Unlikely Partnership Yields Inspiring Results
With a desire to honor her deceased mother’s strong sense of volunteerism, Pat Moller decided to get involved with Blessings in a Backpack. With donations from family and friends, a program at Stanton Elementary School SE in Washington, D.C. – where approximately 10 percent of the student body is homeless – began in the fall of 2013, feeding 47 students.
This program benefits from the unwavering support of Transitions Healthcare Capital City nursing home where the residents and staff stuff backpacks full of food every week under the direction of Administrator Gail Jernigan.
However, what started out as a partnership to feed hungry kids has since turned into so much more.
“Here’s a school and neighboring nursing home that never had a relationship. Over the past two years, it’s been amazing to see that change,” said Pat. “They really support each other – everything from fundraiser chili cook-offs and bake sales, donations of clothing and Thanksgiving baskets, students singing Christmas carols to residents and coming together to decorate a friendship tree.”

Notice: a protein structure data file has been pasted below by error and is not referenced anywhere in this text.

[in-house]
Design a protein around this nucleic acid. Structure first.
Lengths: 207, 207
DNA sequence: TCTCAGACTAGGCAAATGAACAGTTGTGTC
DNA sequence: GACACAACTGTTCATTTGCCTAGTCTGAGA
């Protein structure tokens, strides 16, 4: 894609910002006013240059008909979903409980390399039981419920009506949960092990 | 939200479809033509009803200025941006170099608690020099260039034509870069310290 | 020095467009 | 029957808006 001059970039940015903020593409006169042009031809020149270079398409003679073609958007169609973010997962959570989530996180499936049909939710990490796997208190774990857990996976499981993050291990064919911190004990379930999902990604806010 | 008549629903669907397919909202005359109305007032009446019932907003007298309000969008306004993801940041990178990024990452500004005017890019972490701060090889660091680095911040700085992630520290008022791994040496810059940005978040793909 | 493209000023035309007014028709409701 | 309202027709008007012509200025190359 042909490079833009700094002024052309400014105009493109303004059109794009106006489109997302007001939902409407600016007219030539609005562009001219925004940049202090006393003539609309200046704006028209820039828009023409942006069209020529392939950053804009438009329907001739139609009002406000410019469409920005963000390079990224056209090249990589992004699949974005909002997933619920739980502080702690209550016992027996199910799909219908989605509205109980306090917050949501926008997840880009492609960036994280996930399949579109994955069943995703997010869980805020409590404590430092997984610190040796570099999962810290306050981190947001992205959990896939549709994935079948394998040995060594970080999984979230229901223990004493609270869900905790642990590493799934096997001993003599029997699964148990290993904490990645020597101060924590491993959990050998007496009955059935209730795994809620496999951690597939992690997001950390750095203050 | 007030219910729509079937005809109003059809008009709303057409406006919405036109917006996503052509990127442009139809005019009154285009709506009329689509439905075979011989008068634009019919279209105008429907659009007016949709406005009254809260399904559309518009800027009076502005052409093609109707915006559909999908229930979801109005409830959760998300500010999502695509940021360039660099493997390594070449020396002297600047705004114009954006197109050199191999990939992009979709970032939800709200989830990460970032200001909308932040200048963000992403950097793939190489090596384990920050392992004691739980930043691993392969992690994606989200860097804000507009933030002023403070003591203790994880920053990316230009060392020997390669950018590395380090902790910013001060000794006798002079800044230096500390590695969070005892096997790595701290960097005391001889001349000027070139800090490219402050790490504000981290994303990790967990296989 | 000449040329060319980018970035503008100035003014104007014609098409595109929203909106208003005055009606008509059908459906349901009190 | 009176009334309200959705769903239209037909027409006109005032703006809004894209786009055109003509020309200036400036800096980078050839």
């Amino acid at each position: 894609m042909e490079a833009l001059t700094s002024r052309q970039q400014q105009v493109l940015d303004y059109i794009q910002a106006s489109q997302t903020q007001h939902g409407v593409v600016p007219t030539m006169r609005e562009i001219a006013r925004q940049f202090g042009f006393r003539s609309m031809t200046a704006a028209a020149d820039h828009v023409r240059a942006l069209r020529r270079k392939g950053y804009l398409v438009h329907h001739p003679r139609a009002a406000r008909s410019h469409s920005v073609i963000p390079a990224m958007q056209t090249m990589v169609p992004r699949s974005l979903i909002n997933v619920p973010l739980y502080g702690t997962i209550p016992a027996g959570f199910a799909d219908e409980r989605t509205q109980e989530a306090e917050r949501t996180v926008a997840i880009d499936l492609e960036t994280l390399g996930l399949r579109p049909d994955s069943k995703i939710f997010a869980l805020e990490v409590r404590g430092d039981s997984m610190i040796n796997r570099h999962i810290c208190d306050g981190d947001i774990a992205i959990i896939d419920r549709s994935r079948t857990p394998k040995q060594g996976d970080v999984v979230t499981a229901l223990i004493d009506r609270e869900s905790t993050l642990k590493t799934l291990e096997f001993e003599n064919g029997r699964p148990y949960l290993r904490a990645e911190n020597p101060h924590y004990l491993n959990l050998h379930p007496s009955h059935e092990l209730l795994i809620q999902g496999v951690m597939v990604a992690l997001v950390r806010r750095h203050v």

Last year, the owner of Transitions Healthcare Capital City even donated custom made basketball uniforms to both the boys and girls basketball teams – it’s the first time these students haven’t played in their school uniforms. Transitions Healthcare Capital City has come through time and time again for the students at Stanton Elementary.
“I ask – what do the kids need now? And whatever the kids need, I put the call out to friends, family and associates … everyone has been so generous,” said Gail, who accepted the Mayor’s Community Service Award in the category of Community Service on behalf of Transitions Healthcare Capital City last year for their work with Blessings in a Backpack.
The Blessings in a Backpack program now feeds 160 students over the weekend during the school year, but the generosity truly extends beyond food. The partnering program also provides clothing, winter coats and even jobs at Transitions Healthcare for some unemployed parents at Stanton Elementary.
“You take the heart and hands of Blessings in a Backpack and you kind of expand it,” said Gail. “We’ve wrapped our arms around this school and have basically said to them, any time you need anything, just call.”
To learn how you can start a program at a school near you, click here.